Science and Journalism in Society

Brandeis University JOUR 130B

What is Really Healthy in 2016

An article from Independent (“Healthy Food Doesn’t Exist – According to Experts”) argues that healthy food really doesn’t exist. The fat in fat-free half-and-half has been replaced with corn syrup. Pork cracklings are assumed to be bad because of their fat when they really can be beneficial because they are high in protein. Shoppers are constantly left confused because they look for what is “healthy” rather than what is nutritious.

Scientists and nutritionists are constantly coming up with new ideas on what is good or bad for people to consume. Last week, Enviroblog posted an article naming Environmental Working Group’s top five eating guidelines, including the following:

  1. Eat more vegetables and fruits, but keep away from pesticides
  2. Limit red, processed, and most meats
  3. Limit intake of soda, sugar, and salt
  4. Limit your consumption of foods with mercury and your seafood diet to low-mercury fish
  5. Watch out for processed and chemical-heavy foods

According to the San Francisco Chronicle, avocados are the way to go. They are versatile and do not contain sugar, dairy, or gluten.  According to Independent, Freekeh is the new thing. “Throw out your quinoa”, they say, because freekeh is a trending grain that’s low in fat and high in protein, iron, and fiber, leaving you full and energetic. Independent also recommends eggs, goat milk, fish, sweet potatoes, wild greens and herbs, tofu, walnuts, black beans, fresh fruit, seaweed, wild rice, garlic, prawns, and chillies, as “superfoods” that can help you live longer.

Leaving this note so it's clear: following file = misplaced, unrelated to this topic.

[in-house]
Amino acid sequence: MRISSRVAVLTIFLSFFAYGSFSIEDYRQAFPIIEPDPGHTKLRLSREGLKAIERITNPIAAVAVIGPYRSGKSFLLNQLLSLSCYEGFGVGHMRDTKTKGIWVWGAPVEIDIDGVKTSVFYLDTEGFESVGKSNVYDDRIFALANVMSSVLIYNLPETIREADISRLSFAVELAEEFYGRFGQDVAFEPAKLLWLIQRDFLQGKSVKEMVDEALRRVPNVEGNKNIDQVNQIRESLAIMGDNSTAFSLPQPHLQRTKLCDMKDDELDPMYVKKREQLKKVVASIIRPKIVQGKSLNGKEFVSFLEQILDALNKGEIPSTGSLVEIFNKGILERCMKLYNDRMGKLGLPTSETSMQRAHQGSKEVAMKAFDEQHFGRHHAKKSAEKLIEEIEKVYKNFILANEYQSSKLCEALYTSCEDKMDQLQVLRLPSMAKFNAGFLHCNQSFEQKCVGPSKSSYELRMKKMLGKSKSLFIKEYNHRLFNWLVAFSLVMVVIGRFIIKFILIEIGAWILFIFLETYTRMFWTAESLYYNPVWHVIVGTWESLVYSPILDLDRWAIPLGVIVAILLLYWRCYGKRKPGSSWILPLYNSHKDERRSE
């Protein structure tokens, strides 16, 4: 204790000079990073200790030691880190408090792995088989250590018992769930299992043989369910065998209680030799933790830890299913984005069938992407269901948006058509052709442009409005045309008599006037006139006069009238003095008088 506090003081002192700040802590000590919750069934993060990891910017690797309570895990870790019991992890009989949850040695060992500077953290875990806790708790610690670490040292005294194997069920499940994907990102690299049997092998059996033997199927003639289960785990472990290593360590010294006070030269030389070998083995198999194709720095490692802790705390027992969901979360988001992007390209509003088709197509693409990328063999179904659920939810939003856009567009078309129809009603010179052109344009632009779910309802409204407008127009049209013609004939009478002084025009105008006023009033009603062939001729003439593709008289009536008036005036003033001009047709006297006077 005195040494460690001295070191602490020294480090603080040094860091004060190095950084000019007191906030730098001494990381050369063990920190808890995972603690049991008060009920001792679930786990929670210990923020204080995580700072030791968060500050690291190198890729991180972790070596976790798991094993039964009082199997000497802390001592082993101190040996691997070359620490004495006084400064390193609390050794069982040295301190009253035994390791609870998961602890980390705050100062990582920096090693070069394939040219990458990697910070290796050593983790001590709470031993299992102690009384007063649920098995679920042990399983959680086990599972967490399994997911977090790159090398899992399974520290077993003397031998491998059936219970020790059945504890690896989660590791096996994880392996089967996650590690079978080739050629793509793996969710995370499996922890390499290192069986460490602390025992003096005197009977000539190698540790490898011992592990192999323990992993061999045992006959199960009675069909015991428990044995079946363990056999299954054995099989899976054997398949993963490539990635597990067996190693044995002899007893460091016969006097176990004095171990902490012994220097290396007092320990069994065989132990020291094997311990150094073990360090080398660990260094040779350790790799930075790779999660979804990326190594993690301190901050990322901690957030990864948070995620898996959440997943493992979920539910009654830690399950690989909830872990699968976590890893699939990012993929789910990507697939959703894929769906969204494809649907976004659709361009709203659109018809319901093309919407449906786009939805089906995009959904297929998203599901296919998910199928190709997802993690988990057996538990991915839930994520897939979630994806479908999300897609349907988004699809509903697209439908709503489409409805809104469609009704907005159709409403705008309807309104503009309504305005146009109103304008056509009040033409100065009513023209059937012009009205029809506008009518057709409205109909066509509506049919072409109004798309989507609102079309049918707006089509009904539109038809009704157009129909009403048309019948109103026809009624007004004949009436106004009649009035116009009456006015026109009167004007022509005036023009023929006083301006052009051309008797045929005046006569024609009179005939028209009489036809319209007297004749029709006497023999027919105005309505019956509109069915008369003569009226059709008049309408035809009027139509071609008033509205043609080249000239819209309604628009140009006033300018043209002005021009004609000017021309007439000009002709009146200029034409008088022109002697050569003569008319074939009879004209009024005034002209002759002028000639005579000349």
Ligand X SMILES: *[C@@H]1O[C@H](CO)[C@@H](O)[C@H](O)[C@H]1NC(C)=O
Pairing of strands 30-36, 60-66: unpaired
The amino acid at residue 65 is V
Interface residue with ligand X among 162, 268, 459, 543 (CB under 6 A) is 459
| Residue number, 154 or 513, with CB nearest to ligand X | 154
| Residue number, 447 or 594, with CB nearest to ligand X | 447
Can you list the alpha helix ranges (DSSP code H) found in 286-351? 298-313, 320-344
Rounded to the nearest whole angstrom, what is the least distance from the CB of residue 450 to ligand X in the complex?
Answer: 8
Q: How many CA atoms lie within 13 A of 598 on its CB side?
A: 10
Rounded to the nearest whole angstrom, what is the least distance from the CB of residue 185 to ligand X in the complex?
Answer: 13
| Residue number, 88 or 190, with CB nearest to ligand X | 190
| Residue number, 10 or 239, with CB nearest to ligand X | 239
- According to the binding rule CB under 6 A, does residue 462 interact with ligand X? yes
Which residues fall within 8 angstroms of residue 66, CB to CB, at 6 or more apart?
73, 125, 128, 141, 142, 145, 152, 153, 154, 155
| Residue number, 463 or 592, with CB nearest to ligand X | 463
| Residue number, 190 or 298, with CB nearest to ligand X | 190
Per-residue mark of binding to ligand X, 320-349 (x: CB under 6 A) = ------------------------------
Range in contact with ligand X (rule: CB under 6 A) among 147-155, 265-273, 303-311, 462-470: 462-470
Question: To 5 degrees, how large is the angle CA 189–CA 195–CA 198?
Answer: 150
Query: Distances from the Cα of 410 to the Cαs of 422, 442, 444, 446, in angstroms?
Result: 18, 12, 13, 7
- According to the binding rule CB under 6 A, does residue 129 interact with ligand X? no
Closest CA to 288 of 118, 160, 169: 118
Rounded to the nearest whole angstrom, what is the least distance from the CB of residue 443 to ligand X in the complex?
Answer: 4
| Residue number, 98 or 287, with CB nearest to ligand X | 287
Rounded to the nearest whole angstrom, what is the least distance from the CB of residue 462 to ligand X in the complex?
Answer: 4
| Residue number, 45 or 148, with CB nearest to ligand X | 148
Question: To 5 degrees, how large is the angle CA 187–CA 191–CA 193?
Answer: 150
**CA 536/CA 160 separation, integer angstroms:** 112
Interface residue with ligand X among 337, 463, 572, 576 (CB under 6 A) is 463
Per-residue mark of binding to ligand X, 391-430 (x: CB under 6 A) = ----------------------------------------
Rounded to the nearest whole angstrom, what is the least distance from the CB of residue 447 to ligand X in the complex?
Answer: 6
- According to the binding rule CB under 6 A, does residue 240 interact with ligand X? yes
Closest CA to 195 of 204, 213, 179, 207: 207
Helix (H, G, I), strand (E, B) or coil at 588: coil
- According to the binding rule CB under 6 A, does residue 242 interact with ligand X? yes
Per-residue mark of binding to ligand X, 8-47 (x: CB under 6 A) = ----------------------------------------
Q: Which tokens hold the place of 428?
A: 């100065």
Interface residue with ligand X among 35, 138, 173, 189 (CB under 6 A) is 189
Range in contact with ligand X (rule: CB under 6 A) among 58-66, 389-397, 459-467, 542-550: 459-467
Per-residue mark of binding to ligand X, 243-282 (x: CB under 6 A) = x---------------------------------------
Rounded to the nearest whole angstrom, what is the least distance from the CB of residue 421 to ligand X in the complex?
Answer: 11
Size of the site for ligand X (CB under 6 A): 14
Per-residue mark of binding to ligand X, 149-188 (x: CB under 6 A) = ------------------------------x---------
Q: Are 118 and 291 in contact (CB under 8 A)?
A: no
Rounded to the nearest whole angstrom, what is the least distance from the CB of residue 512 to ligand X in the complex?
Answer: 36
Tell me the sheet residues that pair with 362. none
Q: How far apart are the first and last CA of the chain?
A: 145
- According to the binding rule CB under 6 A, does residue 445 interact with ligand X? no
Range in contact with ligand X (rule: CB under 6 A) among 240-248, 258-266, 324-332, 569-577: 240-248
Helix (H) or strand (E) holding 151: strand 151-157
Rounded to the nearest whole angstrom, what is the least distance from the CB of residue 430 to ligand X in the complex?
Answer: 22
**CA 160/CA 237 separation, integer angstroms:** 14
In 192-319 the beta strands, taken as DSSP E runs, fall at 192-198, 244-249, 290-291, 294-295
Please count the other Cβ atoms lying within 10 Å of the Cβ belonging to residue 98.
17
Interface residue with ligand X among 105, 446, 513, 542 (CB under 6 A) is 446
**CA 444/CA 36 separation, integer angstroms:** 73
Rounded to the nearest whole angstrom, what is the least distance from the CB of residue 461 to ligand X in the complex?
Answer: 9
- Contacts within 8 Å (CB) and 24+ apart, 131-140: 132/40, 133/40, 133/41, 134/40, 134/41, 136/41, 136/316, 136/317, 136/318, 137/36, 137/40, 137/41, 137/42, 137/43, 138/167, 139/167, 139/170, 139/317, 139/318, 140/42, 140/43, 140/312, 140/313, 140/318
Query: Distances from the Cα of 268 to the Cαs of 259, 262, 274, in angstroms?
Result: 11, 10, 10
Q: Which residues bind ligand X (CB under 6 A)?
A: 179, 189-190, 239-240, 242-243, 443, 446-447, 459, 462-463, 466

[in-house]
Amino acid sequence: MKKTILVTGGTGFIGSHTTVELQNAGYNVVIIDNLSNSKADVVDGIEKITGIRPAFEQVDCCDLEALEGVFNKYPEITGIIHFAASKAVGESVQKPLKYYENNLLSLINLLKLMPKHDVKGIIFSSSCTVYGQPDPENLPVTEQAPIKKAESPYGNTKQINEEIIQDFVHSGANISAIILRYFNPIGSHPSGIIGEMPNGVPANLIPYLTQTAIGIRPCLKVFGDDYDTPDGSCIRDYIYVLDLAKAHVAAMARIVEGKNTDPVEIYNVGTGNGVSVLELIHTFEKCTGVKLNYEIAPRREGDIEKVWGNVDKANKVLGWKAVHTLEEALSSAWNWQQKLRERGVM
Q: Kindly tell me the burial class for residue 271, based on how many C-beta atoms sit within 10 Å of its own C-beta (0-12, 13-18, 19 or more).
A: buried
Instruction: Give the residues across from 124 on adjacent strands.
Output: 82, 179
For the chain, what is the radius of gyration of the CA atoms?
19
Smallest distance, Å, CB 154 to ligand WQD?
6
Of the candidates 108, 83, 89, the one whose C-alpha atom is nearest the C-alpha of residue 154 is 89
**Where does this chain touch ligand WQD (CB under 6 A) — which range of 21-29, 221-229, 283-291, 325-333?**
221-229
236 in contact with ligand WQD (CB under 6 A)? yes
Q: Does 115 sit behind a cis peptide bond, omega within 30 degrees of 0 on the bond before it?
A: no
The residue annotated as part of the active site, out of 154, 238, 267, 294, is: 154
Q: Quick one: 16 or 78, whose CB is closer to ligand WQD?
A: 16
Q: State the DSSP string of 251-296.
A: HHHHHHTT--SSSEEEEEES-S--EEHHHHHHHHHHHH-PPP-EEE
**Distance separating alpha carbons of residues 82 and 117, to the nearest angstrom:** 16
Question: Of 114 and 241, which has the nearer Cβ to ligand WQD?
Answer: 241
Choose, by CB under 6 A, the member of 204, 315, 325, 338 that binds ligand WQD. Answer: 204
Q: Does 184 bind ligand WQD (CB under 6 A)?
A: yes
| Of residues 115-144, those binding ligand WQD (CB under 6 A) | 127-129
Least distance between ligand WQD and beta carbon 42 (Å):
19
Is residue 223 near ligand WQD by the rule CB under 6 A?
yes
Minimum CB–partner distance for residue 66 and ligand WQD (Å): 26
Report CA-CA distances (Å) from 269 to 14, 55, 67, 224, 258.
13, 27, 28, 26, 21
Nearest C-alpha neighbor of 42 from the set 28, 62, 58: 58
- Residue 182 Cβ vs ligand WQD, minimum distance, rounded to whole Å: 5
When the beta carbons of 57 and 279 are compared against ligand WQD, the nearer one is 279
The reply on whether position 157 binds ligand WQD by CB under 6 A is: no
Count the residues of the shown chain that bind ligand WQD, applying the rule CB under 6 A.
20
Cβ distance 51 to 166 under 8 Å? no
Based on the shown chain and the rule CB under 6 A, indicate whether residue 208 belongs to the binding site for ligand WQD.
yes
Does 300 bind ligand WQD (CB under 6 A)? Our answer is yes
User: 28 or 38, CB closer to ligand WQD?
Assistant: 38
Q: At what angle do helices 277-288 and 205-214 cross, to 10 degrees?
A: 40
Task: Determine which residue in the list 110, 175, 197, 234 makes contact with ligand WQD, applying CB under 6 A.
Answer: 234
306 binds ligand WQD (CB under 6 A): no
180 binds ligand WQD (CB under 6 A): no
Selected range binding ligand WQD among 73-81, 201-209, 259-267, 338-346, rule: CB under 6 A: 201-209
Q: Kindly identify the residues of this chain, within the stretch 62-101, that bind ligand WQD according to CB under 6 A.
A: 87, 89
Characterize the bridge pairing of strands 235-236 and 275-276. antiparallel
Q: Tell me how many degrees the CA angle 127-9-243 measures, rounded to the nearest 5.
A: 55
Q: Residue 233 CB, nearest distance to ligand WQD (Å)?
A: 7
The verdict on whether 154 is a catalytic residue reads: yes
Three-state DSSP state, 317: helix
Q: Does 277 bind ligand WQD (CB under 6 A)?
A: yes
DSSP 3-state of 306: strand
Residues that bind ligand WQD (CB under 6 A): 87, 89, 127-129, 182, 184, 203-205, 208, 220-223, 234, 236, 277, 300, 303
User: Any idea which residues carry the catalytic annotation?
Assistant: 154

If you ask me, I’ll eat whatever looks appetizing and won’t kill me (kidding, a little). It’s hard to know how to shop for healthy foods today, but it seems that it’s always better to choose natural foods over processed foods or those that contain too many chemicals. It’s important to understand what nutrients and chemicals may be in your food and to choose “healthy” wisely.




1 Comment

  1. This is nice, Samantha. I like how much you’ve put yourself in the story. We face these questions and dilemmas every time we go to the grocery store or the restaurant. Nice thought to link to several sources but I’d check the reliability before linking.

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